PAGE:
Possibly related to the oddball effect, research suggests that time seems to slow down for a person during intense events—such as a car accident, a robbery, a chase, skydiving or bungee jumping, a potential predator threat or an intimacy with sexual partner (which would elicit sexual excitement, which in turn release adrenaline),[13] where they're capable of complex thoughts in what would normally be the blink of an eye caused by Fight-or-flight response. This reported slowing in temporal perception may have been evolutionary advantageous because it may have enhanced one's ability to intelligibly make quick decisions in moments that were of critical importance to our survival.[14] However, even though observers commonly report that time seems to have moved in slow motion during these events, it is unclear whether this is a function of increased time resolution[15] during the event, or instead an illusion created by the remembering of an emotionally salient event.

An Israeli research team have observed a strong time dilation effect in objects that were looming, but not the retreating, from the subjects. They theorize that the expanding discs—which mimic an approaching object—elicit self-referential processes which act to signal the presence of a possible danger. Anxious people, or those in great fear, experience greater "time dilation" in response to the same threat stimuli brought on by the increased brain activity caused by epinephrine, or an adrenaline rush.[16] In such circumstances, an illusion of time dilation could assist an efficacious escape.[17][18] When exposed to a threat, three-year-old children were observed to exhibit a similar tendency to overestimate elapsed time.[19][3]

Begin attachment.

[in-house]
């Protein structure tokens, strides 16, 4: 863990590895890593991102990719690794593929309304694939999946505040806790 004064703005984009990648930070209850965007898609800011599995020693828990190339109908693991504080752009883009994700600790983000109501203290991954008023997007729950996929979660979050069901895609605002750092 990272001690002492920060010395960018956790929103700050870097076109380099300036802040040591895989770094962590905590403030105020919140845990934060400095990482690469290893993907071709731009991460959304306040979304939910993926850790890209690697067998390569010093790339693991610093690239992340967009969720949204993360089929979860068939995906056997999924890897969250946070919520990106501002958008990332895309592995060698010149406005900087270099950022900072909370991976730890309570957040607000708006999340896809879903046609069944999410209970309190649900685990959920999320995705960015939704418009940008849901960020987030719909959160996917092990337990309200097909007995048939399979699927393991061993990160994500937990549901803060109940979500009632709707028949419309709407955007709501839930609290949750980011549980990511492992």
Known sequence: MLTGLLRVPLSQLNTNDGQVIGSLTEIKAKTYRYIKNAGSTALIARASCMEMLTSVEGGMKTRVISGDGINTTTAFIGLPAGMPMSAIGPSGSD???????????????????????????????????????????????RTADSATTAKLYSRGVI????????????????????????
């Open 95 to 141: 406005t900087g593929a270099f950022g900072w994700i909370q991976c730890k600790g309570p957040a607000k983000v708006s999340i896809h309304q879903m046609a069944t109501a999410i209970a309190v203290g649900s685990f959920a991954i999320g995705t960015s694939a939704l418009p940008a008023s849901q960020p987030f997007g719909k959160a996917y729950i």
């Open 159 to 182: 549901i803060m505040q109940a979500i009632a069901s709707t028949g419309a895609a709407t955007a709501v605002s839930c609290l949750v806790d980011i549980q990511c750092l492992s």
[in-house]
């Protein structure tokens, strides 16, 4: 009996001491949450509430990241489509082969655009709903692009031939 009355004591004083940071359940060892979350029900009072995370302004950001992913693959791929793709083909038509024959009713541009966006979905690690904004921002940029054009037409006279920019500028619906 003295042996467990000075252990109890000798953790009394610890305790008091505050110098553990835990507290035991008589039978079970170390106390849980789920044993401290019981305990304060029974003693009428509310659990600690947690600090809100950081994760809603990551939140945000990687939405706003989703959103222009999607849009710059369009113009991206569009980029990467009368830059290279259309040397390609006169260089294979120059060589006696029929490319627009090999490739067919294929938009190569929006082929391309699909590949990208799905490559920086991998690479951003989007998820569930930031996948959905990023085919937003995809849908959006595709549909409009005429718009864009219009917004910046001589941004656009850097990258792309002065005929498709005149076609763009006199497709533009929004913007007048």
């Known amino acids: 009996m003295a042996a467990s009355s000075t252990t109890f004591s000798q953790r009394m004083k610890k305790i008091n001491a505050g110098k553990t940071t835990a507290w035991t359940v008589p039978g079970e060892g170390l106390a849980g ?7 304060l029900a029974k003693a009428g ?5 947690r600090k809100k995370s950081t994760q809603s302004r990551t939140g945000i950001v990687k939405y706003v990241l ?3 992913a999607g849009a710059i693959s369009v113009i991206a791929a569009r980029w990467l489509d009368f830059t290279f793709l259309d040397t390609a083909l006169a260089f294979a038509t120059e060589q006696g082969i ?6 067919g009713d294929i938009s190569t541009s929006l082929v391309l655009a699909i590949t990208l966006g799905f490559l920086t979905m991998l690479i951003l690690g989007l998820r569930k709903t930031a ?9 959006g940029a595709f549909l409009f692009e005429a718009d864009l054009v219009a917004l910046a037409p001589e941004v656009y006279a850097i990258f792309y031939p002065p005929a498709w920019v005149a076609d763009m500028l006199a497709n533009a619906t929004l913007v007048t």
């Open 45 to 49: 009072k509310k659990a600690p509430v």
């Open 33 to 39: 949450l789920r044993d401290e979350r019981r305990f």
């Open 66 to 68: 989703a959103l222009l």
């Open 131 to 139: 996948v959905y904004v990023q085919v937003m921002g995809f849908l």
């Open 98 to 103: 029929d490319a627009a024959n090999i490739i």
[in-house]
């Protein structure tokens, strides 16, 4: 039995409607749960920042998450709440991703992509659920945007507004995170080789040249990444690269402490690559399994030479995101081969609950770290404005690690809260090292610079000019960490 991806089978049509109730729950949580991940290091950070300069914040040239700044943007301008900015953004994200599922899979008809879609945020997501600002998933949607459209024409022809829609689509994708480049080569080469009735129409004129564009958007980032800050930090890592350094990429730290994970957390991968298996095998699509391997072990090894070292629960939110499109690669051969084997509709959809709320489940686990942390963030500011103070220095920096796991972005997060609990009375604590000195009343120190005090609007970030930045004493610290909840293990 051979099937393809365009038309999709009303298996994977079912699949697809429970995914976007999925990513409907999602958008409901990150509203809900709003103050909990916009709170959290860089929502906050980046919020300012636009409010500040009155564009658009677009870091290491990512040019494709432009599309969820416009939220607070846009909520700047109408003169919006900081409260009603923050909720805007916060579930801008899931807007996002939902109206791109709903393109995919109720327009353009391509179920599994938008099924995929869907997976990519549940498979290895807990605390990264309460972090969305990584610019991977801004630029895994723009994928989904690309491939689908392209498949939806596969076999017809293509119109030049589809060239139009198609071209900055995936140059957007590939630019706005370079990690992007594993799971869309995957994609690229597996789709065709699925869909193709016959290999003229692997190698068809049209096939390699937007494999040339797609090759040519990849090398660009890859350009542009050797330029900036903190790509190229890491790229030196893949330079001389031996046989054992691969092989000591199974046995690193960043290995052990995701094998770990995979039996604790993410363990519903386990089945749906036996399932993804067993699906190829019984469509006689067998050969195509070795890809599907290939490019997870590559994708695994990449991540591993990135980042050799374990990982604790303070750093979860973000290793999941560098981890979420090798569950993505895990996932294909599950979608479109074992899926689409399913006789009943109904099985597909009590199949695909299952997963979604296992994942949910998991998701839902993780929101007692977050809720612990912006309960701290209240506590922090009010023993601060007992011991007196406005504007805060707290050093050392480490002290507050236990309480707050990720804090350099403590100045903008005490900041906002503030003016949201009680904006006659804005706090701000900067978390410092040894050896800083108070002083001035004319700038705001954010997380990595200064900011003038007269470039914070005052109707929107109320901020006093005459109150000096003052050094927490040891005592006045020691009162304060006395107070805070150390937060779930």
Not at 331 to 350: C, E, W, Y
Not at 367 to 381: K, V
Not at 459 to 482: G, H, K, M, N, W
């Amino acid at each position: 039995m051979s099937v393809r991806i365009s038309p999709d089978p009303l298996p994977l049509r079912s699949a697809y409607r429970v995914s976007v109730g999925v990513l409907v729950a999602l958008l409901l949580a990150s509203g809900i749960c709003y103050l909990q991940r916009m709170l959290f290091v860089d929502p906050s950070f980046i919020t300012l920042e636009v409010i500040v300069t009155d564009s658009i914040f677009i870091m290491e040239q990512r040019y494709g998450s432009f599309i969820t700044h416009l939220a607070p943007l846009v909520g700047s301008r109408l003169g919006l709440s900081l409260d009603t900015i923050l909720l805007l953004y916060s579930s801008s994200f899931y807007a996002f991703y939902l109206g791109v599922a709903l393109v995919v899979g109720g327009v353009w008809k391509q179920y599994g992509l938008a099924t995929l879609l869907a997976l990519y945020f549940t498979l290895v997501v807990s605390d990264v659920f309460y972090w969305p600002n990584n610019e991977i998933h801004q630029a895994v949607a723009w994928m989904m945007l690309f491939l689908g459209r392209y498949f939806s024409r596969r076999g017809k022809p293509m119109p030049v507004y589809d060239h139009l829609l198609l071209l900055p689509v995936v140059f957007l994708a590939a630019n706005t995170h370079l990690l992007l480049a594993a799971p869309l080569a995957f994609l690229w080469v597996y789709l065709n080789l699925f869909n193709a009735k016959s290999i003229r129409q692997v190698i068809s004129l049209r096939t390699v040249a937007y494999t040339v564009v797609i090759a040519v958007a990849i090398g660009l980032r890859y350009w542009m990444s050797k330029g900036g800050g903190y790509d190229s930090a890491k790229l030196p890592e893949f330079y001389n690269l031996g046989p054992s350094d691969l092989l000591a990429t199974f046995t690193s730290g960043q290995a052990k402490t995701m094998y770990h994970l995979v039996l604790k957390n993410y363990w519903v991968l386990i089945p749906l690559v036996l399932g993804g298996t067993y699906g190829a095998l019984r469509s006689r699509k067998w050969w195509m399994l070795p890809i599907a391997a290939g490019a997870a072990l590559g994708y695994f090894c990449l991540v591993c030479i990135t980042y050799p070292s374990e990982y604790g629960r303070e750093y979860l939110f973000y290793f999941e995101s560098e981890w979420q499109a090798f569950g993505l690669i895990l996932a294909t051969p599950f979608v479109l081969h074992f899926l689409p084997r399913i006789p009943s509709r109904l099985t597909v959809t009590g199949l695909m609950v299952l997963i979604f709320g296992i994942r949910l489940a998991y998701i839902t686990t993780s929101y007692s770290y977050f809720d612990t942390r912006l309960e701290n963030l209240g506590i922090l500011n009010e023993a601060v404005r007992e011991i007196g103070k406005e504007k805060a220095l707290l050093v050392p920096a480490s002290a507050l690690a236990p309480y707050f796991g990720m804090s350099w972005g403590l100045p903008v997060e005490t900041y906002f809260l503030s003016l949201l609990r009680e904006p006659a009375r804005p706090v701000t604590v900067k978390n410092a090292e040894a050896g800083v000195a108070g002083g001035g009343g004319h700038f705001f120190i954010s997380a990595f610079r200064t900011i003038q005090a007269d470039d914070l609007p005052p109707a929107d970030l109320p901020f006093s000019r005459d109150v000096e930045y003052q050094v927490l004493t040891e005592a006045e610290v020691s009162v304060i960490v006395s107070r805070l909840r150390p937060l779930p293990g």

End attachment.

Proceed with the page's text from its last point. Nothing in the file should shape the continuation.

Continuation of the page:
An experiment from 2007 suggests that the effect appears only at the point of retrospective assessment, rather than occurring simultaneously with events as they happened.[12] Perceptual abilities were tested during a frightening experience - a free fall - by measuring people's sensitivity to flickering stimuli. The results showed that the subjects' temporal resolution was not improved as the frightening event was occurring. Events appear to have taken longer only in retrospect, possibly because memories were being more densely packed during the frightening situation.

However, a meta-analysis[20] by the University of Turku criticizes the logic of the framework proposed in the experiment, pointing out that "if the temporal resolution of all of our visual perceptual processes were [sped] up, then we should have more sensations, snapshots in Stetson et al.’s terminology, than we would have in normal situations". The main issue is that if you truly don't gain speed in mental processing, as proposed in the above framework, "rather than expecting the external world to appear to slow down, one would expect that in these kinds of situations time appears to go faster than normally. An analogous example for this would be modern (action) movies where the editing is done so that one scene is shown only for a brief moment". In contrast, Arstila suggests a framework where cognitive processes are sped up, with the result being a slowed perception of time.

Interestingly, an experiment from 2012[21] demonstrates that effective motor preparation (the paper giving the example of professional athletes[15]) can lead to slowed time perception through enhanced sensory processing, giving some credence to Arstila's framework.

People shown extracts from films known to induce fear often overestimated the elapsed time of a subsequently presented visual stimulus, whereas people shown clips known to evoke feelings of sadness or emotionally-neutral clips from weather forecasts and stock market updates showed no difference. It is argued that fear prompts a state of arousal in the amygdala, which increases the rate of a hypothesised "internal clock." This could be the result of an evolved defensive mechanism triggered by a threatening situation.[22]

Other emotional states[edit]